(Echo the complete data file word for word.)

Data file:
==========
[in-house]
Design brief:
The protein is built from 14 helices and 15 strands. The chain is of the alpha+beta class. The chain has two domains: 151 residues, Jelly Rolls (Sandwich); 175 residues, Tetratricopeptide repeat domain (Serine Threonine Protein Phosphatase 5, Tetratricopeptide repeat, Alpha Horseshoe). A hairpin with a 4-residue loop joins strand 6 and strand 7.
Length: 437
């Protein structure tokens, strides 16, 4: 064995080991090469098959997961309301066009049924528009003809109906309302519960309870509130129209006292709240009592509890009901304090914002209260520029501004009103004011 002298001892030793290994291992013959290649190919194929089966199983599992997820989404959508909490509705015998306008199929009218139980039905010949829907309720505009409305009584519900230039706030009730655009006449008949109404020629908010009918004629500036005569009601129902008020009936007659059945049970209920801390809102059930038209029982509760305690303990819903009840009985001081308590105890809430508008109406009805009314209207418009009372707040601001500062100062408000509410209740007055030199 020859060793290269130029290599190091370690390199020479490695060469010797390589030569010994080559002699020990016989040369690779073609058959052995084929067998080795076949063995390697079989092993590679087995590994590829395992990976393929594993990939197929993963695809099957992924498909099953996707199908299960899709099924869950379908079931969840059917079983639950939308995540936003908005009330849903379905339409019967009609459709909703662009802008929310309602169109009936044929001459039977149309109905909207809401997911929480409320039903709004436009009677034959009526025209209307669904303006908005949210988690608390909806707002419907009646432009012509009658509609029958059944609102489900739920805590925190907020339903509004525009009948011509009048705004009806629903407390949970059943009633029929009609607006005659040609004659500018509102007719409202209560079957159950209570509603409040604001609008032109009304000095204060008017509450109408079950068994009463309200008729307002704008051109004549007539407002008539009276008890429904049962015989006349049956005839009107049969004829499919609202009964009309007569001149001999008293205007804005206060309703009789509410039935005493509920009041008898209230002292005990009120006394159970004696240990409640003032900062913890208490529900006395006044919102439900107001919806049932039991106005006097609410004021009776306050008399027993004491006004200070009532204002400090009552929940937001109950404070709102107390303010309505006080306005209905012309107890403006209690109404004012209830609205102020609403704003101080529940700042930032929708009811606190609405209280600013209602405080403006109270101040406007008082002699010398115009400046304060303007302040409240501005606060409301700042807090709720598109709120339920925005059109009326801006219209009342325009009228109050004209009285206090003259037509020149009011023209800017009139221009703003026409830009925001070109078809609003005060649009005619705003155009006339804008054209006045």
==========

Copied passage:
[in-house]
Design brief:
The protein is built from 14 helices and 15 strands. The chain is of the alpha+beta class. The chain has two domains: 151 residues, Jelly Rolls (Sandwich); 175 residues, Tetratricopeptide repeat domain (Serine Threonine Protein Phosphatase 5, Tetratricopeptide repeat, Alpha Horseshoe). A hairpin with a 4-residue loop joins strand 6 and strand 7.
Length: 437
């Protein structure tokens, strides 16, 4: 064995080991090469098959997961309301066009049924528009003809109906309302519960309870509130129209006292709240009592509890009901304090914002209260520029501004009103004011 002298001892030793290994291992013959290649190919194929089966199983599992997820989404959508909490509705015998306008199929009218139980039905010949829907309720505009409305009584519900230039706030009730655009006449008949109404020629908010009918004629500036005569009601129902008020009936007659059945049970209920801390809102059930038209029982509760305690303990819903009840009985001081308590105890809430508008109406009805009314209207418009009372707040601001500062100062408000509410209740007055030199 020859060793290269130029290599190091370690390199020479490695060469010797390589030569010994080559002699020990016989040369690779073609058959052995084929067998080795076949063995390697079989092993590679087995590994590829395992990976393929594993990939197929993963695809099957992924498909099953996707199908299960899709099924869950379908079931969840059917079983639950939308995540936003908005009330849903379905339409019967009609459709909703662009802008929310309602169109009936044929001459039977149309109905909207809401997911929480409320039903709004436009009677034959009526025209209307669904303006908005949210988690608390909806707002419907009646432009012509009658509609029958059944609102489900739920805590925190907020339903509004525009009948011509009048705004009806629903407390949970059943009633029929009609607006005659040609004659500018509102007719409202209560079957159950209570509603409040604001609008032109009304000095204060008017509450109408079950068994009463309200008729307002704008051109004549007539407002008539009276008890429904049962015989006349049956005839009107049969004829499919609202009964009309007569001149001999008293205007804005206060309703009789509410039935005493509920009041008898209230002292005990009120006394159970004696240990409640003032900062913890208490529900006395006044919102439900107001919806049932039991106005006097609410004021009776306050008399027993004491006004200070009532204002400090009552929940937001109950404070709102107390303010309505006080306005209905012309107890403006209690109404004012209830609205102020609403704003101080529940700042930032929708009811606190609405209280600013209602405080403006109270101040406007008082002699010398115009400046304060303007302040409240501005606060409301700042807090709720598109709120339920925005059109009326801006219209009342325009009228109050004209009285206090003259037509020149009011023209800017009139221009703003026409830009925001070109078809609003005060649009005619705003155009006339804008054209006045």